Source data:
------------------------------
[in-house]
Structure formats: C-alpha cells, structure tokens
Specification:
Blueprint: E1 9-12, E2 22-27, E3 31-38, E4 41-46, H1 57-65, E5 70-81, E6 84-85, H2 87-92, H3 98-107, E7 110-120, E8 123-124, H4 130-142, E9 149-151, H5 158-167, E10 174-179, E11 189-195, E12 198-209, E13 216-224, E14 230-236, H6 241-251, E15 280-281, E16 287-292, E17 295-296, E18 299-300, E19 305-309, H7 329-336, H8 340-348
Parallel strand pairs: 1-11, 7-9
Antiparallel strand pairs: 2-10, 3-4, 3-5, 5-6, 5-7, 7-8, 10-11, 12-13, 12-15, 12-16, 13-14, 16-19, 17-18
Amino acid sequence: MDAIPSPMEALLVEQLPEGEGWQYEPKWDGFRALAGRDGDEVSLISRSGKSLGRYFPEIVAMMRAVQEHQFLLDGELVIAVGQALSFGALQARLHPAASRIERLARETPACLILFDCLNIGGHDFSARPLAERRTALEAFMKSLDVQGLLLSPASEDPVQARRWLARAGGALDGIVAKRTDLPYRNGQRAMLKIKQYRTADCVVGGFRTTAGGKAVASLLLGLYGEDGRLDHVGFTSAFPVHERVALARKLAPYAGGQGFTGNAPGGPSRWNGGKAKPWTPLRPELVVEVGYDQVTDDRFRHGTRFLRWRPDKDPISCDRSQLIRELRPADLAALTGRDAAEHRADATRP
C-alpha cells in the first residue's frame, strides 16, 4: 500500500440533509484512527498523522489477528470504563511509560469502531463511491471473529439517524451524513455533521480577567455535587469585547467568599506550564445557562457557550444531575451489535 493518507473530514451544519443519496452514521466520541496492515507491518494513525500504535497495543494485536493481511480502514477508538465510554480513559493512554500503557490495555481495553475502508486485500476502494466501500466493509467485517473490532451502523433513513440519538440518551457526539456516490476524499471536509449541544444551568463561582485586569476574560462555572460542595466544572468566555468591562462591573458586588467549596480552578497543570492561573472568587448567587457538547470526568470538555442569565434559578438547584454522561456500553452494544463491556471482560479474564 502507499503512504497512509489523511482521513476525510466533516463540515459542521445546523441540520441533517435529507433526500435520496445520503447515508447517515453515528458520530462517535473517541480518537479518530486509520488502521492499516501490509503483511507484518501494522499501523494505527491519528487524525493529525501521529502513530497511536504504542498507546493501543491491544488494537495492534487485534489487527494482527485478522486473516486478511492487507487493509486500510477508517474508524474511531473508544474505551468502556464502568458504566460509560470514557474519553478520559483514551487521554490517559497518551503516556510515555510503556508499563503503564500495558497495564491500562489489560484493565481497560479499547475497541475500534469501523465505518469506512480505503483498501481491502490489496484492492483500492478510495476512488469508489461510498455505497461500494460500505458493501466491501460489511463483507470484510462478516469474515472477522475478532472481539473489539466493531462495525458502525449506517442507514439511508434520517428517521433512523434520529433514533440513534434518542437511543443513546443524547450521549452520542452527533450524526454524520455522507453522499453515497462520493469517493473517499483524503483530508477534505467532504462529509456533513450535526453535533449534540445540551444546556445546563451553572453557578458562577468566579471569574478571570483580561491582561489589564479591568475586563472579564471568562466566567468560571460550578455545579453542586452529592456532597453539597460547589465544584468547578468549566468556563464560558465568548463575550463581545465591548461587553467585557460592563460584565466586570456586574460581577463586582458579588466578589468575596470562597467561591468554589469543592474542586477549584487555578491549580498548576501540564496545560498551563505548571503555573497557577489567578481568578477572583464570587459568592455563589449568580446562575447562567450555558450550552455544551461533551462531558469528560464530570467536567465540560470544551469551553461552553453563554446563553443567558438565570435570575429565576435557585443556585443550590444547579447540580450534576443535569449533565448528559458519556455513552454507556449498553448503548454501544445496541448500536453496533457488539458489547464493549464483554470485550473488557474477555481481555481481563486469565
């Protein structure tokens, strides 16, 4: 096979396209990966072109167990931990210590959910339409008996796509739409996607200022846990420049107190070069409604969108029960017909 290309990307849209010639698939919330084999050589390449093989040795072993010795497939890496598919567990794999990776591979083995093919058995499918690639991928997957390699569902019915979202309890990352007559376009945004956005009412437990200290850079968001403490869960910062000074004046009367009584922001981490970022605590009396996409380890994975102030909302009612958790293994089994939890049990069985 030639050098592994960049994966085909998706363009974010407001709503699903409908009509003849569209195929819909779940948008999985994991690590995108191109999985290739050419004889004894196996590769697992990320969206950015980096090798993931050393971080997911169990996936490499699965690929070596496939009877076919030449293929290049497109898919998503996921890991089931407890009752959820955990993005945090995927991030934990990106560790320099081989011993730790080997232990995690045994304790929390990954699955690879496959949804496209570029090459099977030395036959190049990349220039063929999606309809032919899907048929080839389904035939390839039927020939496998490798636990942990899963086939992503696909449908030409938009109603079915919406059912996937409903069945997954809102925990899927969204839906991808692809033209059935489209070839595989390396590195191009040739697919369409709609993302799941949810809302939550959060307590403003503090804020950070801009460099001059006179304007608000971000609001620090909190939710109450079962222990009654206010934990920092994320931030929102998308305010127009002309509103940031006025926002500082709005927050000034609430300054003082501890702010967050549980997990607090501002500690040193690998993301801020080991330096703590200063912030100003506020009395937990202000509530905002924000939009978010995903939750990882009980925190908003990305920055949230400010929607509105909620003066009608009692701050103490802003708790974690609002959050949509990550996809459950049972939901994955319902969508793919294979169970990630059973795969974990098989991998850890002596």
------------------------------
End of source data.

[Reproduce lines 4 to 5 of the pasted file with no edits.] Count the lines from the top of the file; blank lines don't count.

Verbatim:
Blueprint: E1 9-12, E2 22-27, E3 31-38, E4 41-46, H1 57-65, E5 70-81, E6 84-85, H2 87-92, H3 98-107, E7 110-120, E8 123-124, H4 130-142, E9 149-151, H5 158-167, E10 174-179, E11 189-195, E12 198-209, E13 216-224, E14 230-236, H6 241-251, E15 280-281, E16 287-292, E17 295-296, E18 299-300, E19 305-309, H7 329-336, H8 340-348
Parallel strand pairs: 1-11, 7-9